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To work or not to work…is that a question?

Are you tired of trying to find your purpose?

“Seriously?” — Leon Pawelzik, Hannover, 2019

“Find a job you enjoy doing, and you will never have to work a day in your life” — Mark Twain

What do I enjoy doing? What is my purpose in life?

Okay I admit it, I roll my eyes every time someone talks about finding their life purpose. Or even better when they say “do what you love”. Um, doesn’t doing by definition involve some form of work? And am I the only person out there who is not sure what I really love? I don’t know, it changes, and how do I make money from doing it anyway?

. . .

Are you one of the lucky ones?

At 45, I’ve moved to various cities and countries in my quest to find my purpose, paid for higher education, started numerous communities, and I am still trying to figure it out. After three degrees, certifications, seven cities, three countries, here is what I have come to realise…

Finding ones life’s purpose feels about as misleading as the concept of finding ones soul mate.

Yes, some people are lucky to find the “perfect partner”, the one that they were “meant to be” with. If they are really lucky they find them early on in life and they grow old together in their white picket fenced home, with their two or three children, and perhaps a dog.

Though let’s be honest, there is no such thing as perfect.

Even the most fabulous couples I know have to work at ensuring their relationship stays fabulous, through strong communication, kindness and respect. In fact — and we don’t even need to hear the stats any more — a high percentage of marriages end in divorce, there are many single parents slogging it out alone, and after the first flush of “love” the “perfect partner” can end up being a misogynist pig or a manipulative nag, and the fantasy ends in misery.

Let’s take a moment to feel pity for the next person we date, who must now deal with the dysfunction from our combined past experiences!

In the same vein, yes some people are talented and know what their life’s purpose is at an early stage, they are “born to be” a ballet dancer, basketball star, artist, musician, olympic athlete, mathematician, entrepreneur, innovator — the Richard Branson and Steve Jobs of the world. So they perfect their art form, they focus their work lives towards that singular goal and they are the best at what they do.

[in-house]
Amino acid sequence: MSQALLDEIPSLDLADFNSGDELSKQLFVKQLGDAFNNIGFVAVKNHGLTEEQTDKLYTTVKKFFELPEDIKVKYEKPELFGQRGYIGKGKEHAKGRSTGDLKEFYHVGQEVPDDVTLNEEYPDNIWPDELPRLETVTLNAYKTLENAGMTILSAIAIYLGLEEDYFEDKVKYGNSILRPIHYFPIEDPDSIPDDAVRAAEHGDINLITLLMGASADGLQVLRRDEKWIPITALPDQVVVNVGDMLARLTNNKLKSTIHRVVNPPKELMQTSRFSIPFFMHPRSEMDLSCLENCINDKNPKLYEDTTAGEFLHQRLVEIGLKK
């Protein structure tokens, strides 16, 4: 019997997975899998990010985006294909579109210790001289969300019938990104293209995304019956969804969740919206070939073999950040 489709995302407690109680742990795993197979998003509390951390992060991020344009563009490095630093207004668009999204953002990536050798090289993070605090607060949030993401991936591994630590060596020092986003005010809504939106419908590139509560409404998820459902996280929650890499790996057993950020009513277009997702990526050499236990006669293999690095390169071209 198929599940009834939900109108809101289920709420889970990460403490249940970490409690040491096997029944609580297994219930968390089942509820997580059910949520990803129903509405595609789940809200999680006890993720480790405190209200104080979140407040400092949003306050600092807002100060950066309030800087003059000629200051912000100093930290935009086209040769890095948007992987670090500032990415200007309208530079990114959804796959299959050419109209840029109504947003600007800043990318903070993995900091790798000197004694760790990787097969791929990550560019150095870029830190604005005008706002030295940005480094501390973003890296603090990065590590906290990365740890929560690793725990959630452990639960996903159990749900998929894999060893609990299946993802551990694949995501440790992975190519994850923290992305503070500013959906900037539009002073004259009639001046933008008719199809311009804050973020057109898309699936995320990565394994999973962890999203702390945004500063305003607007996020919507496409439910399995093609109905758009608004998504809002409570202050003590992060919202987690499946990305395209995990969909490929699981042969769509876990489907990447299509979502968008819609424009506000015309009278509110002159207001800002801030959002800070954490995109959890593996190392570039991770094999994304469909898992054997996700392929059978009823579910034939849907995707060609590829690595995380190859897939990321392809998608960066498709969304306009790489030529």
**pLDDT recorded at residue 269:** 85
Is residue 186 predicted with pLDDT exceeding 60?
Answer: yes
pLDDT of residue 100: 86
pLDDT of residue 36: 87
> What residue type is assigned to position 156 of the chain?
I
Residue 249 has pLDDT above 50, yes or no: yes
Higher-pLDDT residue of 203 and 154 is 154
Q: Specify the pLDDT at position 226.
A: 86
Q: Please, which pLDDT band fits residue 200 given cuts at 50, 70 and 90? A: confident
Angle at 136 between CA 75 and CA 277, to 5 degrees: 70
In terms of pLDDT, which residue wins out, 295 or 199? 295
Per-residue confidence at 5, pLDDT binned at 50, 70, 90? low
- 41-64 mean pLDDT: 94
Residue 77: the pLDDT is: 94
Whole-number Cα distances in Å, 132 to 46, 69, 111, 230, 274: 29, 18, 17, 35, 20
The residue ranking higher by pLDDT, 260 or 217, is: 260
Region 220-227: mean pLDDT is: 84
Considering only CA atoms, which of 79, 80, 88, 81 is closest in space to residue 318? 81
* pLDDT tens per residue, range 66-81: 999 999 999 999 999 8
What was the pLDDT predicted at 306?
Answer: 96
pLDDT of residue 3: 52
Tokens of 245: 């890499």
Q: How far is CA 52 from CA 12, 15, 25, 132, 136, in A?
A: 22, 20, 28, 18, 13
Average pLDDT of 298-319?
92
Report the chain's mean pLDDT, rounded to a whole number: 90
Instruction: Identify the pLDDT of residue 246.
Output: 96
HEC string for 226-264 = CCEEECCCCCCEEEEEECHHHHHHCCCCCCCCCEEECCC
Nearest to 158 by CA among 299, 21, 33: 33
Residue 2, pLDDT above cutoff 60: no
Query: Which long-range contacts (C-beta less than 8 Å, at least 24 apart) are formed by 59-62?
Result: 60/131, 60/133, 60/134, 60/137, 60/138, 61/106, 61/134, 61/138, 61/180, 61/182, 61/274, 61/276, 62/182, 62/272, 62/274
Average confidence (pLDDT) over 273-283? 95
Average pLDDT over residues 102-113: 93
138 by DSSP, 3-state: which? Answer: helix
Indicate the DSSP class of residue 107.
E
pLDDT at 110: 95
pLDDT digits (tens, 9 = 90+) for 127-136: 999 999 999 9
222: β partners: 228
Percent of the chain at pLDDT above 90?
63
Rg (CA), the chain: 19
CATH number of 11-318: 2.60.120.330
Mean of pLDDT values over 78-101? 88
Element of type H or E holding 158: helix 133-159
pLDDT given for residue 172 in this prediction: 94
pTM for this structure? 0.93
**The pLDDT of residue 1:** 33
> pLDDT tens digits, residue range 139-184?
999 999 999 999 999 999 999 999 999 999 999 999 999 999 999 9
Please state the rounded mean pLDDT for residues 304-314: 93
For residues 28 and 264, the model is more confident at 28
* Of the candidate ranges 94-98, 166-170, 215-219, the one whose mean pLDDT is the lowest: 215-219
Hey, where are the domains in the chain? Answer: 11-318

I confess, I am in constant awe of an athlete or artist who at the prime of their career has clearly perfected their craft and achieved what they sought. Nothing but respect.

What about the remaining 99% of us?

I belong to the other 99% and I am exhausted from both trying to find that “soulmate” or my “life’s purpose” — and maybe it’s time to get real.

Except for the lucky few who get it, the rest of us are still searching and it’s an ongoing battle. In fact, there are more and more articles about the bad advice given in trying to achieve the impossible. The one consistent fact in every article or book I have read, even the ones proposing we can work less and achieve more is that…we still have to work!

So let’s reframe the life’s purpose debate. What if instead of a “life’s purpose” it was really about finding out what motivates us?

  • Not a particular job

  • Not a particular partner

  • Not a particular role

Instead of this “who am I?” philosophical debate, what if we focused on determining:

  • The actual factors that make us feel motivated?

  • The situations that make us happy?

  • The activities that make us feel energised?

Then applying them to our lives whole-heartedly and creating the environments and circumstances that give us energy. Wouldn’t that be a more actionable and realistic approach?

How would that apply to work?

I recently read The Big Five for Life by John P. Strelecky, and while I wish everyone experienced the kind of leadership described in the book, I can’t imagine it’s common.

The book speaks about a leader who makes it a mandatory requirement to only hire people who can fulfil one of their Big Five by working at his company. The Big Five are the five things that would define success for you — like you are lying on your deathbed and feel at peace because you achieved them! — as simple as exercising every day, learning a new language or traveling the world. The idea is that if we can fulfil one of the big five through that role — maybe it has a gym on site, or an office in the country we want to learn the language of, or has a flexible sabbatical leave — then we will have energy and motivation to do a great job.

So maybe start here, what five things would define success for us, realistically? Hone down goal setting to five core drivers. Then use these as a guide to ensure we take on roles that will help us fulfil one of the big five, and thereby increase our energy.

Let’s find out what gives us energy and motivates us, and build our personal and professional lives around that framework of criteria to create true happiness. The only thing we can be sure of is — it will still require work!

But it will be worth it in the end.

. . .

Linkedin: Raj Hayer

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